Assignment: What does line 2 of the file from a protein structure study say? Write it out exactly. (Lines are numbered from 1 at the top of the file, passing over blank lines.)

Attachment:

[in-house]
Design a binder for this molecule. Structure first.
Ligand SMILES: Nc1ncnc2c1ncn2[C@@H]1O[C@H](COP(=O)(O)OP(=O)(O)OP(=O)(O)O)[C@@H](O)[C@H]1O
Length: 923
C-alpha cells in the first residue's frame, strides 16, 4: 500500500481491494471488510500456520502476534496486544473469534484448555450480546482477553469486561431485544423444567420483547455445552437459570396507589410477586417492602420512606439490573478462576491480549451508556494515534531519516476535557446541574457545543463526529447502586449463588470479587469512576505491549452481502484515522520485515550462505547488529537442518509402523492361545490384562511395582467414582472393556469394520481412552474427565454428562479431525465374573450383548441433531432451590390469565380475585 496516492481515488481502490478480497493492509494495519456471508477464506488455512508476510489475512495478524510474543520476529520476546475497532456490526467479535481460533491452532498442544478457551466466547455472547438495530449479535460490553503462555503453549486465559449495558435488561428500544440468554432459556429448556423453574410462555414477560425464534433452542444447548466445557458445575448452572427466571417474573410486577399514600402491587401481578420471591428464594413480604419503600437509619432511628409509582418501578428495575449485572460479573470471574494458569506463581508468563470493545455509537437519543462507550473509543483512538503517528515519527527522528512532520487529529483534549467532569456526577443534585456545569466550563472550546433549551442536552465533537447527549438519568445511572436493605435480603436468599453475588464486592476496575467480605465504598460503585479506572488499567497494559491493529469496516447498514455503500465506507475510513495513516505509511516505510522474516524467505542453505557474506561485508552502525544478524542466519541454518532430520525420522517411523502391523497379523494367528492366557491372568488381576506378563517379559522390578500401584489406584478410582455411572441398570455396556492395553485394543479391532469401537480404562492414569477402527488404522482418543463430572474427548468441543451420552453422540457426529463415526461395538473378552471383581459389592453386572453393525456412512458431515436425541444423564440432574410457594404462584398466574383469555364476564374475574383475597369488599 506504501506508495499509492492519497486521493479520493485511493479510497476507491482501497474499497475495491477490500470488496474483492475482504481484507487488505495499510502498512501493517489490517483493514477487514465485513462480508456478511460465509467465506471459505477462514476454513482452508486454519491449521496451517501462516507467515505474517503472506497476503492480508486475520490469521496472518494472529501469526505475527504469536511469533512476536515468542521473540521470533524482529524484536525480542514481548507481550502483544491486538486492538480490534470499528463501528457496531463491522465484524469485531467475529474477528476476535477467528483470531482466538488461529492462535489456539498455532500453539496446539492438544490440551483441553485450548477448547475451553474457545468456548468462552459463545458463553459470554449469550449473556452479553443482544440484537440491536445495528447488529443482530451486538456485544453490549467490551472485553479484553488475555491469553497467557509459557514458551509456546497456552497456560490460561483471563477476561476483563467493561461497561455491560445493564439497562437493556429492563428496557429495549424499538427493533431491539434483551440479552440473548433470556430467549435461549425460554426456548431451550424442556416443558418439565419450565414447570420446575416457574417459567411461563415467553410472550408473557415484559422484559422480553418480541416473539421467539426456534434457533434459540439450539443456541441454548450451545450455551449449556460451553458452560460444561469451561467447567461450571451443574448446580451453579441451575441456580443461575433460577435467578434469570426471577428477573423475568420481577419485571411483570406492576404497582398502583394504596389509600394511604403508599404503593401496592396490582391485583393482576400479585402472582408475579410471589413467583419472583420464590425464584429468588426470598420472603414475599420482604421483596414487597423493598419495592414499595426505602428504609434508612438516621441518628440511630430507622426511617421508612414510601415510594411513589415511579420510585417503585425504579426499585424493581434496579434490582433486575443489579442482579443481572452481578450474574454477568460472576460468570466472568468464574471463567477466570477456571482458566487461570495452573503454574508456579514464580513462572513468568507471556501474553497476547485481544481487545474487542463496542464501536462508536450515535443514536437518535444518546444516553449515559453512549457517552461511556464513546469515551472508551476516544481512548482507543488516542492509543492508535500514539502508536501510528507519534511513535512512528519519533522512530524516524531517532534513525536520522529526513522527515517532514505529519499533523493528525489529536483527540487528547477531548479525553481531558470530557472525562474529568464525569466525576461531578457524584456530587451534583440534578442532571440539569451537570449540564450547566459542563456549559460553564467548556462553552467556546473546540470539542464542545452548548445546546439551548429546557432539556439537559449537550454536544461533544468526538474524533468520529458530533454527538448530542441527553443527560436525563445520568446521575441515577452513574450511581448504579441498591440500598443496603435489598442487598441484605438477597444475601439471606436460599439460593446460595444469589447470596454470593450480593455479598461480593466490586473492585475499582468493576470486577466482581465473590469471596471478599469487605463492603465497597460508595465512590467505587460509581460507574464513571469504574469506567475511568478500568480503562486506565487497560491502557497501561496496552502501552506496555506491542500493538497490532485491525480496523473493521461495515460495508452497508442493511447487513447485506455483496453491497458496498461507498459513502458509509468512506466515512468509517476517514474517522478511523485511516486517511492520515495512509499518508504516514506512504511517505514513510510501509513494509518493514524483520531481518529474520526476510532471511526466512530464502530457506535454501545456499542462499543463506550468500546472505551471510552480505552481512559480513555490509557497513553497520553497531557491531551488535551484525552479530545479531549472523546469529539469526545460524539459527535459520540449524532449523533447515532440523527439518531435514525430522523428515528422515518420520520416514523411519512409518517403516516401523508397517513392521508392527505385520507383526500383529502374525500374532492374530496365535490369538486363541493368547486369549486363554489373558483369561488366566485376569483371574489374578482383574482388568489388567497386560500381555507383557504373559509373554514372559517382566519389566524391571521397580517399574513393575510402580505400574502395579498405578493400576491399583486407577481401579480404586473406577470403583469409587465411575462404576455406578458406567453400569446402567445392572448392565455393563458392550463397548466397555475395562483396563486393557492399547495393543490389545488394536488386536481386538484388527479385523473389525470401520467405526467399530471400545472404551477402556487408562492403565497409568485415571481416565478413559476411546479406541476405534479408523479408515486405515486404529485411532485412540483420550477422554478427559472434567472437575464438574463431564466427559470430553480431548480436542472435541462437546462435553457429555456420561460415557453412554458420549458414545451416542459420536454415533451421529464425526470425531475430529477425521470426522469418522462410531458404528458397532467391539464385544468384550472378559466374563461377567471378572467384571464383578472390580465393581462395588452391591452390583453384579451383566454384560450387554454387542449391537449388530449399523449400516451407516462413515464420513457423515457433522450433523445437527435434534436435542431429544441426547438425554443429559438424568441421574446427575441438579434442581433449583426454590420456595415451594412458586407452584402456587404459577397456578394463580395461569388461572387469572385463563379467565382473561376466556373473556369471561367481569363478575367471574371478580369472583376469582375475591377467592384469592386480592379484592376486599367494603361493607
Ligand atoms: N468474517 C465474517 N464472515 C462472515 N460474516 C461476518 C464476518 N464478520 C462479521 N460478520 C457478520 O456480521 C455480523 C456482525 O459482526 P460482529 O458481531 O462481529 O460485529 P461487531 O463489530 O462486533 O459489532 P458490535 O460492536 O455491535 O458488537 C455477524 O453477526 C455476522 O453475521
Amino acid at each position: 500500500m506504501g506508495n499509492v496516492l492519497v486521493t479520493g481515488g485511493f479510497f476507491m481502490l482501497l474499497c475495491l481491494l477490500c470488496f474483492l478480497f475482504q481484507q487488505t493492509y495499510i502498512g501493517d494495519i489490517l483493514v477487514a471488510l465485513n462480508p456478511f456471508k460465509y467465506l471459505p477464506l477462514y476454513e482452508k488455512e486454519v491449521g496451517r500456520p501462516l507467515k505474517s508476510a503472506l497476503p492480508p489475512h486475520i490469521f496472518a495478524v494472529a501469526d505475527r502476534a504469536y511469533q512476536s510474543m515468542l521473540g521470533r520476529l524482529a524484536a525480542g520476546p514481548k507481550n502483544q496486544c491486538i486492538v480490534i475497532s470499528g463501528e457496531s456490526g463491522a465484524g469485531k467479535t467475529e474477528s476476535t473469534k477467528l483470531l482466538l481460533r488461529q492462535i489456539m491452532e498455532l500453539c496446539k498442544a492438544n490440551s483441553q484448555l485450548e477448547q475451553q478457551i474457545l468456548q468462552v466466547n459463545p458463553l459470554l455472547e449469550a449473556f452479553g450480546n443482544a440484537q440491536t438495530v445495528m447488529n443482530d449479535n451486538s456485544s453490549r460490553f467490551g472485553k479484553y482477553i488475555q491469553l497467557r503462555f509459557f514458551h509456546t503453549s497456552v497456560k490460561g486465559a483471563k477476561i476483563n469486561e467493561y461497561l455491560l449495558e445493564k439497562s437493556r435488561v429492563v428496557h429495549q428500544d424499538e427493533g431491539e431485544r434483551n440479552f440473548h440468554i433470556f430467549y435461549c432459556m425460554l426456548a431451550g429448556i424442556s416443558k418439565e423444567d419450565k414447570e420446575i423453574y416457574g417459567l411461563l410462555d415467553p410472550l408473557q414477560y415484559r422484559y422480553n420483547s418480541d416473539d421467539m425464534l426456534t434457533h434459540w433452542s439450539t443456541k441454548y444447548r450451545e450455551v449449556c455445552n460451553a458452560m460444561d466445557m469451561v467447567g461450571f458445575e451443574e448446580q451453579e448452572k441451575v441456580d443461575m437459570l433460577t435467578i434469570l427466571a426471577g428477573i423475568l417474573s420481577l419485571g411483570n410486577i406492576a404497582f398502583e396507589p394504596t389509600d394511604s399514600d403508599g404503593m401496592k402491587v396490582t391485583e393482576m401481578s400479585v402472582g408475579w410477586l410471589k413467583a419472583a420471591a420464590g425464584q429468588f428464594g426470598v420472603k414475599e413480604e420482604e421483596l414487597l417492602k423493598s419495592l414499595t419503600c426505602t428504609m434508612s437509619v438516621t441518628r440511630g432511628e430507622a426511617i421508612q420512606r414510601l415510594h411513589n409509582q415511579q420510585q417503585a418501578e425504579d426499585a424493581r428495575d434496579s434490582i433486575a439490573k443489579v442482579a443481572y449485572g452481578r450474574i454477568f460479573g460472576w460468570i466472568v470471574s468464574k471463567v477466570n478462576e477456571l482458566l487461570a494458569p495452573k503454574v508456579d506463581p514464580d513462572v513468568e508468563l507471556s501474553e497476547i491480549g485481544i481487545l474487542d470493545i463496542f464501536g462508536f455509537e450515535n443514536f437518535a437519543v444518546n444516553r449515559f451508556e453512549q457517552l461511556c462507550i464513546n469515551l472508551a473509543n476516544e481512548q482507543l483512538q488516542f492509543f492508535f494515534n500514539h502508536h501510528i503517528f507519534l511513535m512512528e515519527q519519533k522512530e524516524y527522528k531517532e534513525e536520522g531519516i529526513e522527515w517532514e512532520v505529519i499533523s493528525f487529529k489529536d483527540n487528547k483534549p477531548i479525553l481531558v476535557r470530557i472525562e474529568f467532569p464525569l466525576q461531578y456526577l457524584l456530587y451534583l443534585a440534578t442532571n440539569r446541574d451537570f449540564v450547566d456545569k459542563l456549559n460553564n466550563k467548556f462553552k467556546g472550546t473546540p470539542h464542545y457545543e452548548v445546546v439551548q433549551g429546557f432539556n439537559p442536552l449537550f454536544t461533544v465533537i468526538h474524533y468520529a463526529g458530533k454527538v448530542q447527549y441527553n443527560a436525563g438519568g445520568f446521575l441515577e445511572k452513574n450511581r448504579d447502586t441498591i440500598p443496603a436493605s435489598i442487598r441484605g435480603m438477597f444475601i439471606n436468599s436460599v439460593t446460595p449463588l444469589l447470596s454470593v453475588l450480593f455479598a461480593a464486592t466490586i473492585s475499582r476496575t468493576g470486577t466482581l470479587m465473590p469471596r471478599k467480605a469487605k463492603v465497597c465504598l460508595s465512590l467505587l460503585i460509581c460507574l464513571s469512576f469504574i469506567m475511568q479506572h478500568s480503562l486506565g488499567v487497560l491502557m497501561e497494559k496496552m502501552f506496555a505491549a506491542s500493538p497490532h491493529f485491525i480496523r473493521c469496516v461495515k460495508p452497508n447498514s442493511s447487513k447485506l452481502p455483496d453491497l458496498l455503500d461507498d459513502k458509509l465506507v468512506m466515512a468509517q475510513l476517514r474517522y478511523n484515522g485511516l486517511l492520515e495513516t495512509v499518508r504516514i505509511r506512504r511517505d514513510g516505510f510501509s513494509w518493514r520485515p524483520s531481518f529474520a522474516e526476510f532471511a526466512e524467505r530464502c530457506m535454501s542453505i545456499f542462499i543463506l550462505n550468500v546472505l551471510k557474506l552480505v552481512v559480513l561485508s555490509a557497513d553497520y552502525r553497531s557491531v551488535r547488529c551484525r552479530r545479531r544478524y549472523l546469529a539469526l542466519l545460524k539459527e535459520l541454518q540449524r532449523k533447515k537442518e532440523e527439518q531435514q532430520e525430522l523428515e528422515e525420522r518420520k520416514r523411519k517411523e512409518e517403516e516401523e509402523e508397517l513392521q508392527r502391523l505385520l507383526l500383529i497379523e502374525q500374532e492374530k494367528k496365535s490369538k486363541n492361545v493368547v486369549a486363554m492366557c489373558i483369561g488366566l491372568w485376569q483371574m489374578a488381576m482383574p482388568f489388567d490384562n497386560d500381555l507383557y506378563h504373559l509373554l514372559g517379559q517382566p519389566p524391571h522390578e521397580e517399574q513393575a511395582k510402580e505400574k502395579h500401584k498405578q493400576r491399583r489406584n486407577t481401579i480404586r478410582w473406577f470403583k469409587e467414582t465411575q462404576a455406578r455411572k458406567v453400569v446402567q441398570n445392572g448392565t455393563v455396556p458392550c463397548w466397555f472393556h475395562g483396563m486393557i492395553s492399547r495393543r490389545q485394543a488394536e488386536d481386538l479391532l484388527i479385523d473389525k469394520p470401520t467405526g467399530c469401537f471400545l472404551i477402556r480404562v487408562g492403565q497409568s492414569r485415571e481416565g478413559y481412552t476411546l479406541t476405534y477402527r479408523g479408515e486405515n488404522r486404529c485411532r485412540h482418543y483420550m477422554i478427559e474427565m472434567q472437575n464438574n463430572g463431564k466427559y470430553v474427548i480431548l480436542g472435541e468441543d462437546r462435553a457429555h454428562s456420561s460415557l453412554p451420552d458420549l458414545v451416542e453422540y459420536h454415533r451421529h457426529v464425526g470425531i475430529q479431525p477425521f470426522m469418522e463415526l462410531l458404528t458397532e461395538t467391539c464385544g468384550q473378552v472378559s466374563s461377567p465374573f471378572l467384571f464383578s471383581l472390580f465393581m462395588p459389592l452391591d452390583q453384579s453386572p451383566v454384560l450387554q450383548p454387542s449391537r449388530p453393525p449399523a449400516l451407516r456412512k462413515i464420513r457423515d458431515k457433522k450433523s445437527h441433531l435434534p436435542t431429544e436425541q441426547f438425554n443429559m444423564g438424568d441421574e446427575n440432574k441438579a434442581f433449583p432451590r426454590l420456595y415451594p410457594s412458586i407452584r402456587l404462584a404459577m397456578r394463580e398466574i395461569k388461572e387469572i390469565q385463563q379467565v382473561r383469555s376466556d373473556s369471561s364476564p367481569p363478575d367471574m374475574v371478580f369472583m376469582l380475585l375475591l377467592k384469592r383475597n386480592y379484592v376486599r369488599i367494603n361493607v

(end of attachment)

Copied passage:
Design a binder for this molecule. Structure first.